Many scientists believe that a sixth mass extinction is underway, placing three-quarters of the Earth’s species at risk of “biological annihilation.” And to avoid this catastrophic future, the only hope may be learning what species face the greatest threats and why. So a team of international researchers tackled the question, analyzing how the threat of extinction relates to animal body size. As Helen Briggs reports for the BBC, the results of their study suggest that the risk of extinction is highest among the world’s largest and smallest creatures.
The authors examined at 27, 647 vertebrate species of the 44,694 assessed by the International Union for the Conservation of Nature's Red List of Threatened Species, which contains evaluation of conservation status for a wide range of both plants and animals. Among the animals analyzed were mammals, birds, reptiles, amphibians, bony fishes, and cartilaginous fishes like sharks and rays. Of the selected species, approximately 4,000 are endangered.
The team’s findings, published in the Proceedings of the National Academy of Sciences, show that animals with the highest and lowest body mass faced greater threat of extinction than species in the “Goldilocks zone,” as an Oregon State University press release puts it, referring to animals that are “neither too big, nor too small.”
Further analysis showed that the greatest threat facing large vertebrates is “harvesting,” or deliberate killing by humans. “Harvesting of these larger animals takes a variety of forms,” the authors of the study write, “including regulated and unregulated fishing, hunting and trapping for meat consumption, the use of body parts as medicine and killing due to unintentional bycatch.”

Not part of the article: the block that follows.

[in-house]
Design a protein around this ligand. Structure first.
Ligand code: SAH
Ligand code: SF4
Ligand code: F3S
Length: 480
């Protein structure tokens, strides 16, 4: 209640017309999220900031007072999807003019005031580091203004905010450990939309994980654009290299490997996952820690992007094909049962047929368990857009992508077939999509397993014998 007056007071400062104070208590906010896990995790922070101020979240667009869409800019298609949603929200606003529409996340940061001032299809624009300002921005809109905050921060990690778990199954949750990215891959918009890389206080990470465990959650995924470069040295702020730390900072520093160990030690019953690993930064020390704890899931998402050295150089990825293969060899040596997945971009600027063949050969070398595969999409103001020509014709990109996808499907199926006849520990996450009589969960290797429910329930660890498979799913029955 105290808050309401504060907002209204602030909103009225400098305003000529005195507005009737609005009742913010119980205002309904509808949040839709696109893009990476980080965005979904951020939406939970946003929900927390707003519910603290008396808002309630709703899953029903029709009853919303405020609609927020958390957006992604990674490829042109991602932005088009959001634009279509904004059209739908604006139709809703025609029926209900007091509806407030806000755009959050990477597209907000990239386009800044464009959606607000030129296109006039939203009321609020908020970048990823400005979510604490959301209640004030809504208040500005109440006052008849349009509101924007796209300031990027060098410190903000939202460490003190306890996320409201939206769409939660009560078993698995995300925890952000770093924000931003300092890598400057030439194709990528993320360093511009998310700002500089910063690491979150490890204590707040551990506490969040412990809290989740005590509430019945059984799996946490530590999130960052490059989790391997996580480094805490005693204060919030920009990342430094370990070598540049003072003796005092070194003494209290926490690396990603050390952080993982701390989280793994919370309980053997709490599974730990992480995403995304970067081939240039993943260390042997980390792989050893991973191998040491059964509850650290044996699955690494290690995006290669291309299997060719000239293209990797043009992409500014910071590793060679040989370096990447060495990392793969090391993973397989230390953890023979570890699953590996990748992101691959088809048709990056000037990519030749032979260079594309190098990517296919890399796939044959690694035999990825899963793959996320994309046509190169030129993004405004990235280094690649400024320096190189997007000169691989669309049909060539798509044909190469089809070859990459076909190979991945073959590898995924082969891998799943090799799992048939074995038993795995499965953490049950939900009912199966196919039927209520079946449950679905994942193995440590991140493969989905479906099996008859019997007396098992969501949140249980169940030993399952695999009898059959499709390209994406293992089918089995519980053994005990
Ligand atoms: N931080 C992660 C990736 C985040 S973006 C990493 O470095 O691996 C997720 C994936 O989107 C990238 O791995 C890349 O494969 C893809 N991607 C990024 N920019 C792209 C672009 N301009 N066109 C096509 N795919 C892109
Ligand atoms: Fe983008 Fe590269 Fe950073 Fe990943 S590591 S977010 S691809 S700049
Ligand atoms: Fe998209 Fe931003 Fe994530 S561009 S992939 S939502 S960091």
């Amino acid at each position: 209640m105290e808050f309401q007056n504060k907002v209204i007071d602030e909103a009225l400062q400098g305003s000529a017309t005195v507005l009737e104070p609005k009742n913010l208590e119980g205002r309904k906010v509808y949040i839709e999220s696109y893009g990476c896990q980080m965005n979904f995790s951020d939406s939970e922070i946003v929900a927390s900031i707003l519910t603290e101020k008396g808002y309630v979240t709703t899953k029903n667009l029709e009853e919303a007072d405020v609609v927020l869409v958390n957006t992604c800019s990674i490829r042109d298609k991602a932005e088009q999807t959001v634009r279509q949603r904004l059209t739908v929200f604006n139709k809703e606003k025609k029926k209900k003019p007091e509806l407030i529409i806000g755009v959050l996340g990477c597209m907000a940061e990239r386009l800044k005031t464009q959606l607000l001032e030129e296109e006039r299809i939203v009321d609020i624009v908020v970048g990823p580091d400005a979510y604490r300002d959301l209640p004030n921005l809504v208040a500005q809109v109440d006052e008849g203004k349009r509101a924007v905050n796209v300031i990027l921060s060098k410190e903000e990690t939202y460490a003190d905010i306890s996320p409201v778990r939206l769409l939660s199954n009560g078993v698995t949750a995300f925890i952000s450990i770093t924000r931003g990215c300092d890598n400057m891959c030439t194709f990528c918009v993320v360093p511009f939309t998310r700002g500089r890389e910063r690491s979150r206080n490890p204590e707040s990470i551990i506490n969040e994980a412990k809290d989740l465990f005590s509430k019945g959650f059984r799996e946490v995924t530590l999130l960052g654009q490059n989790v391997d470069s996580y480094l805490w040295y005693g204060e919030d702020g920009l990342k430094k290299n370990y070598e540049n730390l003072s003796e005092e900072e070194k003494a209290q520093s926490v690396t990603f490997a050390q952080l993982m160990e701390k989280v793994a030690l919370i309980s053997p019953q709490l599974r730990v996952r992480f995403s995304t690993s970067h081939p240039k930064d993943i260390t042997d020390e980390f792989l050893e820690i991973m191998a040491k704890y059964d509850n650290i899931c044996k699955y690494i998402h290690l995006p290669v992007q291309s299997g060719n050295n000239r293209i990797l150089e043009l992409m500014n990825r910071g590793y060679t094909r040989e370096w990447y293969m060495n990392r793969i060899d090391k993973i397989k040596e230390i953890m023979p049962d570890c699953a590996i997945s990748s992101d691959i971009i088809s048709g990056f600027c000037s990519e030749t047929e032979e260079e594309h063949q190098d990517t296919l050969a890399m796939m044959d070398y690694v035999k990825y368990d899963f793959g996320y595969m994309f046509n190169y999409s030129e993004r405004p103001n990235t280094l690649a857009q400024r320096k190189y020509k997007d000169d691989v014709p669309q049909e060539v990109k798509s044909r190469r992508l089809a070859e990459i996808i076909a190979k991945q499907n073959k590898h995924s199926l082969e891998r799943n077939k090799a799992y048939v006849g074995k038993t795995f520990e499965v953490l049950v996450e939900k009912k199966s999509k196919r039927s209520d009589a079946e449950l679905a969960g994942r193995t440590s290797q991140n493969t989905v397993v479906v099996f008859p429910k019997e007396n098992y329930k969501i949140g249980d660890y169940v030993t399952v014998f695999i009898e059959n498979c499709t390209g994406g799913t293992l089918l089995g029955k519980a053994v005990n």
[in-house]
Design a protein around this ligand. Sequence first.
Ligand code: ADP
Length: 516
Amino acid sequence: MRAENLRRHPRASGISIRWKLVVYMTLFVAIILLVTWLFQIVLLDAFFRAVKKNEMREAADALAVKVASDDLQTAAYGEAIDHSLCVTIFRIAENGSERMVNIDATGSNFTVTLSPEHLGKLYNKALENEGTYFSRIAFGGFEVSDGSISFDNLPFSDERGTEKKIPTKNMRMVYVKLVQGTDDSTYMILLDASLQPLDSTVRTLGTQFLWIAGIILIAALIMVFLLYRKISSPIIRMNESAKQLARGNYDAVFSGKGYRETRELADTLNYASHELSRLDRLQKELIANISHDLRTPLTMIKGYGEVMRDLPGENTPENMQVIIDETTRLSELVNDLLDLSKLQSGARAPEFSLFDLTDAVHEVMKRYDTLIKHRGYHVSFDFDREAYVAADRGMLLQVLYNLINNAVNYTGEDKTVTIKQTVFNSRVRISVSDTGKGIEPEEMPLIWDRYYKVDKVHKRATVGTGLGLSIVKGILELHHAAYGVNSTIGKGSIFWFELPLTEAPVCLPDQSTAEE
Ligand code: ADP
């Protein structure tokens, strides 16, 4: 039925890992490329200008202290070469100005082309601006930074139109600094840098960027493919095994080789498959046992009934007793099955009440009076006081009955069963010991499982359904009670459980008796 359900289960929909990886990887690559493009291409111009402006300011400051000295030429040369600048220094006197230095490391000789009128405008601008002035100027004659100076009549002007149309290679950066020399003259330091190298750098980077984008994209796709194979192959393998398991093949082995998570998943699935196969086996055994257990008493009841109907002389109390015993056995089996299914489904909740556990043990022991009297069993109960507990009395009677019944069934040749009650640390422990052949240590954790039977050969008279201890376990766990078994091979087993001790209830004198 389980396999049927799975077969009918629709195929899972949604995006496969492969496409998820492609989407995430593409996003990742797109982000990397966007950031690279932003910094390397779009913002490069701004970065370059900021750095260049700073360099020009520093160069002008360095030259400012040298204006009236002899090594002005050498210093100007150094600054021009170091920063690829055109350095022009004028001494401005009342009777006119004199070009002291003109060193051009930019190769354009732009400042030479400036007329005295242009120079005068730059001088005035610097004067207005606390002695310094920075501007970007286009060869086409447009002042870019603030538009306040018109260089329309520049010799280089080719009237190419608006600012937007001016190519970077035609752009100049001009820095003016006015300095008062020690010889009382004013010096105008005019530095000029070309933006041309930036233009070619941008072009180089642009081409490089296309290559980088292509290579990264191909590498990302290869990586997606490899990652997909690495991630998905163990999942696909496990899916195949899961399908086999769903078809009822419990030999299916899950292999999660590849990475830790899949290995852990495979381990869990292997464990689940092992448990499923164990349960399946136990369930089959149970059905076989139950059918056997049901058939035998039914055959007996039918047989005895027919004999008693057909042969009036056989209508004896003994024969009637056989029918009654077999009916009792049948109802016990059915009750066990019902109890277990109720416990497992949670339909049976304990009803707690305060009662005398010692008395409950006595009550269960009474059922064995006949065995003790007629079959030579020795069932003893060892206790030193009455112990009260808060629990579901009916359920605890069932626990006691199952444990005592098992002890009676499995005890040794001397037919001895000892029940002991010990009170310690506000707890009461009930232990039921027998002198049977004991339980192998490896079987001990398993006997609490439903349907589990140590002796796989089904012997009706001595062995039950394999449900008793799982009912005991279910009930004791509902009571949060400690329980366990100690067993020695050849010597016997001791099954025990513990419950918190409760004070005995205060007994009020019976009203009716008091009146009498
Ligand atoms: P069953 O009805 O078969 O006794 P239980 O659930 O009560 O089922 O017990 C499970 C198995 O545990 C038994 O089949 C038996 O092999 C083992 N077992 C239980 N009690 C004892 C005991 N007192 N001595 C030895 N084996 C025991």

Smaller species, by contrast, are primarily threatened by habitat degradation, which is caused by factors like cropping, logging, development and pollution. As Peter Hannam explains for the Sydney Morning Herald, small animals have a relatively limited geographic range, so habitat degradation often eradicates the only ecosystems they can thrive in. Among the little critters at risk, according to the Oregon State press release, are Clarke's banana frogs, sapphire-bellied hummingbirds, gray geckos, hog-nosed bats and waterfall climbing cave fish.
The study’s findings are significant for a number of reasons. First, large animals tend to attract more attention, often receiving a greater amount of funding for conservation, according to the authors. But the study shows that the tiny animals of the world are also in dire need of protection.
The study also suggests that different conservation approaches are required at opposite ends of the spectrum. For large species, the authors write, it is imperative to curb harvesting practices by implementing “community tolerance” programs, controlling harvesting in unprotected areas, and reducing the amount of wild meat consumed worldwide. Smaller species are better served by the implementation of protected areas, which can stave off the habitat destruction that puts them at risk.
These conservation methods need to be put in place quickly for the world’s threatened vertebrates, be they big or small. As things stand, the authors of the study write, we are “poised to chop off both the head and tail of the size distribution of life.”